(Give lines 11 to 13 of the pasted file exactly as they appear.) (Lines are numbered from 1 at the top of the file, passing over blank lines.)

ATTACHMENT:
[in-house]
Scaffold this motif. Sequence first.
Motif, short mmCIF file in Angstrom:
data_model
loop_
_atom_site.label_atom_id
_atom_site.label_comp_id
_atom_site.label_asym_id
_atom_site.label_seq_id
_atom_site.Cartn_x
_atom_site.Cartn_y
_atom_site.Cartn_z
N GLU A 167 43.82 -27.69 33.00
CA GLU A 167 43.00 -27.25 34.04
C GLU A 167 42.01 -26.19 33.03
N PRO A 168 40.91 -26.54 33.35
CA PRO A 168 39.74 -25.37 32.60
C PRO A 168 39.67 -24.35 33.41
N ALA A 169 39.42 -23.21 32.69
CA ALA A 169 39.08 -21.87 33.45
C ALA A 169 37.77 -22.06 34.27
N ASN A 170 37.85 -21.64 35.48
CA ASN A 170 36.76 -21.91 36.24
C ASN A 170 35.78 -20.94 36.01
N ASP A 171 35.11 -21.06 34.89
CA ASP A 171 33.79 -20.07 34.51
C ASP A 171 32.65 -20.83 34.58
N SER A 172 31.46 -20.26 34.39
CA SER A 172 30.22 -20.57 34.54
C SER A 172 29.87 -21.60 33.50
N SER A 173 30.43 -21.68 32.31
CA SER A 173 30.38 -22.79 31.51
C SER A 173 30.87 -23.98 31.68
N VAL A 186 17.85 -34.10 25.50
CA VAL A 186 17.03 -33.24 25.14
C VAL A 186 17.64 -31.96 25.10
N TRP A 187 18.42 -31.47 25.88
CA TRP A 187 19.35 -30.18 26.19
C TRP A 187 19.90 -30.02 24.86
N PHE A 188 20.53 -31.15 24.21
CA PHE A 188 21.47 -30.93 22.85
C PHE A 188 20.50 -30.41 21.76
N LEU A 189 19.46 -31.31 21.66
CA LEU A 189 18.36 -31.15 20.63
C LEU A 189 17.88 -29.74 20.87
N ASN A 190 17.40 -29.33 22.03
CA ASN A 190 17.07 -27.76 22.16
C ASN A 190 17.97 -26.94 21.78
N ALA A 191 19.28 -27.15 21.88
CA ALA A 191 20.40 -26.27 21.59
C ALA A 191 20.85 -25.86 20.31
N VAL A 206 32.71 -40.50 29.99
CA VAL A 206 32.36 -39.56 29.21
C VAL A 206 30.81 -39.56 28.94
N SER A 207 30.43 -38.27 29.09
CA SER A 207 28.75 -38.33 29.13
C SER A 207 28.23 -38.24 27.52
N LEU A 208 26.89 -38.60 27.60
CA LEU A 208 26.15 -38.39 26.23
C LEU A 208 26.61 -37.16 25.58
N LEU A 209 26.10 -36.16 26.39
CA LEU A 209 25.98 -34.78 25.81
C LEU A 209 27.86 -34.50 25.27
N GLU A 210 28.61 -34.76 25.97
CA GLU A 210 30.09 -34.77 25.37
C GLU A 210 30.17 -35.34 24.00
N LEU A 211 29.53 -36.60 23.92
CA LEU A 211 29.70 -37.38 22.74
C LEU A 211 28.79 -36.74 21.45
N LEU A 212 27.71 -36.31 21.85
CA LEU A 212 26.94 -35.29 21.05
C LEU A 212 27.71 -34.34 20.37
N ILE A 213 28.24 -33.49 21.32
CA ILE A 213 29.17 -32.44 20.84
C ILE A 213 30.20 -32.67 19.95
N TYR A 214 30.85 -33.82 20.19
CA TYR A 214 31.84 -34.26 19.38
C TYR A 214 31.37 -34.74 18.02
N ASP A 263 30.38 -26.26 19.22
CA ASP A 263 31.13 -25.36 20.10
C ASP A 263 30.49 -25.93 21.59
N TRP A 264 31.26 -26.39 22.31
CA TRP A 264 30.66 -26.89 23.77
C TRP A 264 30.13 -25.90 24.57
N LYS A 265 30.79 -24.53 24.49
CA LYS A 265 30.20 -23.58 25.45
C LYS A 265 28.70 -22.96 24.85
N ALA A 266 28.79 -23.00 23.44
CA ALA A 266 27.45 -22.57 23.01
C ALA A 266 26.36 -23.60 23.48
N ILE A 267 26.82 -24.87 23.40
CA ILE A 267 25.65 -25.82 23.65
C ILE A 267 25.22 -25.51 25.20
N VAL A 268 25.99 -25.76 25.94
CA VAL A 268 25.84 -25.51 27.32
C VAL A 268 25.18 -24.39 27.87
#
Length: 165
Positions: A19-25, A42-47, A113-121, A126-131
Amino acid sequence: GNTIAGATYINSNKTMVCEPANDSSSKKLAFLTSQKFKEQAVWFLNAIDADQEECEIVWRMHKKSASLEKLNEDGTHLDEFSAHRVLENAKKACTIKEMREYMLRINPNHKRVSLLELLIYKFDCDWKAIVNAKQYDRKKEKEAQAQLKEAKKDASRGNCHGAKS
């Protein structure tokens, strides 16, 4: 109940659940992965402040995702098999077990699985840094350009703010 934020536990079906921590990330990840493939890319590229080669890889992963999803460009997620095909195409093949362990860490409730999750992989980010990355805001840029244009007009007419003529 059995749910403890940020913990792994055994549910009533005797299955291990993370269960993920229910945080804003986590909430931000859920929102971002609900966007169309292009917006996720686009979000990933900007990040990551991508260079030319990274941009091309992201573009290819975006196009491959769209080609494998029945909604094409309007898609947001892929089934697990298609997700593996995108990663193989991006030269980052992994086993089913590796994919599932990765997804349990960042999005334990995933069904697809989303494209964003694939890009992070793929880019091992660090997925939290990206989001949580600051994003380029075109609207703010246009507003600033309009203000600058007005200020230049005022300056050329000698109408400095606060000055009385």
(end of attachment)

_atom_site.Cartn_y
_atom_site.Cartn_z
N GLU A 167 43.82 -27.69 33.00